No Kidding

I know, we all have a good chuckle at stuff like this:

And then there’s this, which pushes the needle even past Code Red (click to embiggen):

I know, I make fun of our Oz friends a lot on these here pages, but this is no laughing matter:

About 100,000 homes in the Sydney area are said to be at risk, with 31,500 of those being in the city’s North Shore. Residents have been warned to take action before it’s too late.
‘Under these conditions, some fires may start and spread so quickly there is little time for a warning, so do not wait and see,’ the Rural Fire Service said on Monday.
‘There are simply not enough fire trucks for every house. If you call for help, you may not get it. Do not expect a firetruck. Do not expect a knock on the door. Do not expect a phone call. Your safest option will always be to leave early.’


Looks like everything’s more dangerous Down Under:  snakes, spiders, sharks, Train Smash Women — and now, fires.

Good luck, me old cobbers.  Holding thumbs on this side of the water…


  1. I grow up in Chatswood, a suburb in the north shore of Sydney. My parents house backed onto a reserve full of native trees, that ran down to a river. On the other side of the river was another reserve, with big old blue gum trees along the ridge line. Those gum trees exhale eucalyptus oil when it gets hot, in big quantities, hence the name blue mountains. When the north westerlies blow, the air travels over central Australia and the winds get super hot. In normal conditions, forest fires in the area burn fuel in the ground – gum trees drop bark, branches and leaves all year round. When those north westerlies get going the fire gets up into the canopy. One day my father and I we watching a fire burn along the other side of the river. Perfect combination, hot days, hot winds. Suddenly the fire just wend “boom” and whole trees started burning. We watched trees literally explode along the ridgeline. Far faster than you could run. When it gets going…..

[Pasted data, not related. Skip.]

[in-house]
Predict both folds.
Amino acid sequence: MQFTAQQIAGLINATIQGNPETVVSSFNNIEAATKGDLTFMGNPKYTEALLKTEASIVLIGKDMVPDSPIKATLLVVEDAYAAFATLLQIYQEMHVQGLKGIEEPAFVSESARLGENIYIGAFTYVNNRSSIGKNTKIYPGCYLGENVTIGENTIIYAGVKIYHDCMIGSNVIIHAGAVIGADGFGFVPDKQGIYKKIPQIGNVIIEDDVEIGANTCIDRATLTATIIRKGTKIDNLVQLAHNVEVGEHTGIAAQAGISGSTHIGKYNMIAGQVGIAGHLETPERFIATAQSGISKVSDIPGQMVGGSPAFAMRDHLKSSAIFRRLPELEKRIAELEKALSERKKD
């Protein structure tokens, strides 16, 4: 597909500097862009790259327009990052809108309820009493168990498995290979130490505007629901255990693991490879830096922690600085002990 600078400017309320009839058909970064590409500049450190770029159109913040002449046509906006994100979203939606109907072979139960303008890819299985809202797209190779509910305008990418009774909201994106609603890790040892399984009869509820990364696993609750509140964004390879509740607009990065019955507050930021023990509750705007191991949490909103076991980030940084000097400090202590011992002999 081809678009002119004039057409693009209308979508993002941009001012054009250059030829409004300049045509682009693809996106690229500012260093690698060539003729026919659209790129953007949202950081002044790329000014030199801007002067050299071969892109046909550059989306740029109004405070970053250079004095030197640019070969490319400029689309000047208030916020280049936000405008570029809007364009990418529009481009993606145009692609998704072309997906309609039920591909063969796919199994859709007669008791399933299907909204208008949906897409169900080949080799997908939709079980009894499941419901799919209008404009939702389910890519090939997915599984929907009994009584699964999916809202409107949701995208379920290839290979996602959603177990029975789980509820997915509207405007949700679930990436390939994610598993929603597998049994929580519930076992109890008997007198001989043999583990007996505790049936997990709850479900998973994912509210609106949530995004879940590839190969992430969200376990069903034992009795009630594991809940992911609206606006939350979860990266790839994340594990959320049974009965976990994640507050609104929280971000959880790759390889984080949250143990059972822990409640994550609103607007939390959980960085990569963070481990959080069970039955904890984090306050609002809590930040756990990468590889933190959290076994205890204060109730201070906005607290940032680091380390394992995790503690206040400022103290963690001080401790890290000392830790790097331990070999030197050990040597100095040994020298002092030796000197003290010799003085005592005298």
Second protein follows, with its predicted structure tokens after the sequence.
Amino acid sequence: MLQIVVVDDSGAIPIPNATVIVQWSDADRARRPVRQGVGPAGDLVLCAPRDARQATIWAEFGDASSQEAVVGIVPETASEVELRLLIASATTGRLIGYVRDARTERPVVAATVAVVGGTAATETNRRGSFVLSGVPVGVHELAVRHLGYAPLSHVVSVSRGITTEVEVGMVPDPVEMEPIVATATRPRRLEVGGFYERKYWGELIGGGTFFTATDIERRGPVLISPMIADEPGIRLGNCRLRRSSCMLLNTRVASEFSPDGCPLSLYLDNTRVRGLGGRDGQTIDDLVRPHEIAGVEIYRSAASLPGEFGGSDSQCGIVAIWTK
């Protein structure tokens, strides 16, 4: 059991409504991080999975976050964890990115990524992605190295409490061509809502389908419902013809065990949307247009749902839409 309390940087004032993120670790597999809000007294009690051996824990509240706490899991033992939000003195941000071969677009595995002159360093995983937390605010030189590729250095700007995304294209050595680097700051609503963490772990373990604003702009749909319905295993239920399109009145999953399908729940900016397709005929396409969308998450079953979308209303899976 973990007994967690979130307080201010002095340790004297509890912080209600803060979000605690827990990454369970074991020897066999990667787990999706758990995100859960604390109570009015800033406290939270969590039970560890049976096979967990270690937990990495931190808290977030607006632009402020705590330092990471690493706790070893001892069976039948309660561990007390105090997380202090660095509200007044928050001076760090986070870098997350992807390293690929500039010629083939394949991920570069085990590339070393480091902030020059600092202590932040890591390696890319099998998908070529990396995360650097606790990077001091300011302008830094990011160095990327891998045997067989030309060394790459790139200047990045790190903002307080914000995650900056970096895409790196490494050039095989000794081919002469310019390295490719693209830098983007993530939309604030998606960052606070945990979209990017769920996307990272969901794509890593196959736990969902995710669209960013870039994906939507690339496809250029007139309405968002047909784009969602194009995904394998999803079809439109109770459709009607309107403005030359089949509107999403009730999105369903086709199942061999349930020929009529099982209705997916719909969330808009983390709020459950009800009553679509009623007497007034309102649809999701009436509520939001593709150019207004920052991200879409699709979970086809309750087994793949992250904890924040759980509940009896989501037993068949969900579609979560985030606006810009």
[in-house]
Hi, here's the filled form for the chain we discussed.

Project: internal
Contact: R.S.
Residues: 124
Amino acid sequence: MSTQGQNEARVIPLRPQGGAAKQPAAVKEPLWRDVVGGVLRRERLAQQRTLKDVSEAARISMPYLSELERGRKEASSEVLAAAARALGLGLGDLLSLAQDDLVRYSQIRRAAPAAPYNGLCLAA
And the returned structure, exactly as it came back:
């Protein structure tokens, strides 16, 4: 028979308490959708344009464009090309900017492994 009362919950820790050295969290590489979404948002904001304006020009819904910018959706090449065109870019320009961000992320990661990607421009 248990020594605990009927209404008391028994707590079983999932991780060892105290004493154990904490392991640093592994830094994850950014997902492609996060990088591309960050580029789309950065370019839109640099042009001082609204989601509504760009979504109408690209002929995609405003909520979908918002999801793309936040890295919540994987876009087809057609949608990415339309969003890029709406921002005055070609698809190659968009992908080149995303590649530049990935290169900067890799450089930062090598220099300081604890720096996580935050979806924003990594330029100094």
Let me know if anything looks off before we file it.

2. I grew up in Southern California. One Scout camp we visited regularly had such a sign outside its entrance, only the scale was from Low to Severe. I never saw the arrow below Very High.

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